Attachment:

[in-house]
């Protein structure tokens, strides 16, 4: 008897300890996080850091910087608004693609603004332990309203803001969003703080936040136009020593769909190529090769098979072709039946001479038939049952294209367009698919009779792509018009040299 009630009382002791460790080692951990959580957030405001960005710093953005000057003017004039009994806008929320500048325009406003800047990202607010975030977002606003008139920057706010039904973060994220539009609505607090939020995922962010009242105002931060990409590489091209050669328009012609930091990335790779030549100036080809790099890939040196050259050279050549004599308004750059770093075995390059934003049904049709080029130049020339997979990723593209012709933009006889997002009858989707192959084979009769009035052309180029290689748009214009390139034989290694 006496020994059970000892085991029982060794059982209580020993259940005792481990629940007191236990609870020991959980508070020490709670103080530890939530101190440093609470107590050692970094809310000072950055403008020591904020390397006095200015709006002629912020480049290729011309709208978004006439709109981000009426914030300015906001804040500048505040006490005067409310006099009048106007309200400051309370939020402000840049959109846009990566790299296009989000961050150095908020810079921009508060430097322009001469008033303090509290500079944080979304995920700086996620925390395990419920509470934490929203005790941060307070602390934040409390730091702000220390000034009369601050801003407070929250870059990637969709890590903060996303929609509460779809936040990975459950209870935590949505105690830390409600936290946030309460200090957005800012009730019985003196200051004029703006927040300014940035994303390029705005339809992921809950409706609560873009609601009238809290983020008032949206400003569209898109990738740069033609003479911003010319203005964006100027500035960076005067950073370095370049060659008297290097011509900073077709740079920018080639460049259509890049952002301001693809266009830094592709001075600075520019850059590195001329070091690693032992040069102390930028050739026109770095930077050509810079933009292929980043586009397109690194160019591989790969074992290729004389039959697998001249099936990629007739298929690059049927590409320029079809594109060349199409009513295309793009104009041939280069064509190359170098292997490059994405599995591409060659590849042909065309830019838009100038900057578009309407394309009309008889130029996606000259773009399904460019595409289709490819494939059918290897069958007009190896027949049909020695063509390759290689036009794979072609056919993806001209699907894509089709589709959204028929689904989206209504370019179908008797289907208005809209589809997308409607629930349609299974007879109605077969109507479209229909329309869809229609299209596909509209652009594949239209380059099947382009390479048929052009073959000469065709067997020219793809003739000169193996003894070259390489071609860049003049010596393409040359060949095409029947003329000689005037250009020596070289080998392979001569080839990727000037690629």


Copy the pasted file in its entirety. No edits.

[in-house]
């Protein structure tokens, strides 16, 4: 008897300890996080850091910087608004693609603004332990309203803001969003703080936040136009020593769909190529090769098979072709039946001479038939049952294209367009698919009779792509018009040299 009630009382002791460790080692951990959580957030405001960005710093953005000057003017004039009994806008929320500048325009406003800047990202607010975030977002606003008139920057706010039904973060994220539009609505607090939020995922962010009242105002931060990409590489091209050669328009012609930091990335790779030549100036080809790099890939040196050259050279050549004599308004750059770093075995390059934003049904049709080029130049020339997979990723593209012709933009006889997002009858989707192959084979009769009035052309180029290689748009214009390139034989290694 006496020994059970000892085991029982060794059982209580020993259940005792481990629940007191236990609870020991959980508070020490709670103080530890939530101190440093609470107590050692970094809310000072950055403008020591904020390397006095200015709006002629912020480049290729011309709208978004006439709109981000009426914030300015906001804040500048505040006490005067409310006099009048106007309200400051309370939020402000840049959109846009990566790299296009989000961050150095908020810079921009508060430097322009001469008033303090509290500079944080979304995920700086996620925390395990419920509470934490929203005790941060307070602390934040409390730091702000220390000034009369601050801003407070929250870059990637969709890590903060996303929609509460779809936040990975459950209870935590949505105690830390409600936290946030309460200090957005800012009730019985003196200051004029703006927040300014940035994303390029705005339809992921809950409706609560873009609601009238809290983020008032949206400003569209898109990738740069033609003479911003010319203005964006100027500035960076005067950073370095370049060659008297290097011509900073077709740079920018080639460049259509890049952002301001693809266009830094592709001075600075520019850059590195001329070091690693032992040069102390930028050739026109770095930077050509810079933009292929980043586009397109690194160019591989790969074992290729004389039959697998001249099936990629007739298929690059049927590409320029079809594109060349199409009513295309793009104009041939280069064509190359170098292997490059994405599995591409060659590849042909065309830019838009100038900057578009309407394309009309008889130029996606000259773009399904460019595409289709490819494939059918290897069958007009190896027949049909020695063509390759290689036009794979072609056919993806001209699907894509089709589709959204028929689904989206209504370019179908008797289907208005809209589809997308409607629930349609299974007879109605077969109507479209229909329309869809229609299209596909509209652009594949239209380059099947382009390479048929052009073959000469065709067997020219793809003739000169193996003894070259390489071609860049003049010596393409040359060949095409029947003329000689005037250009020596070289080998392979001569080839990727000037690629």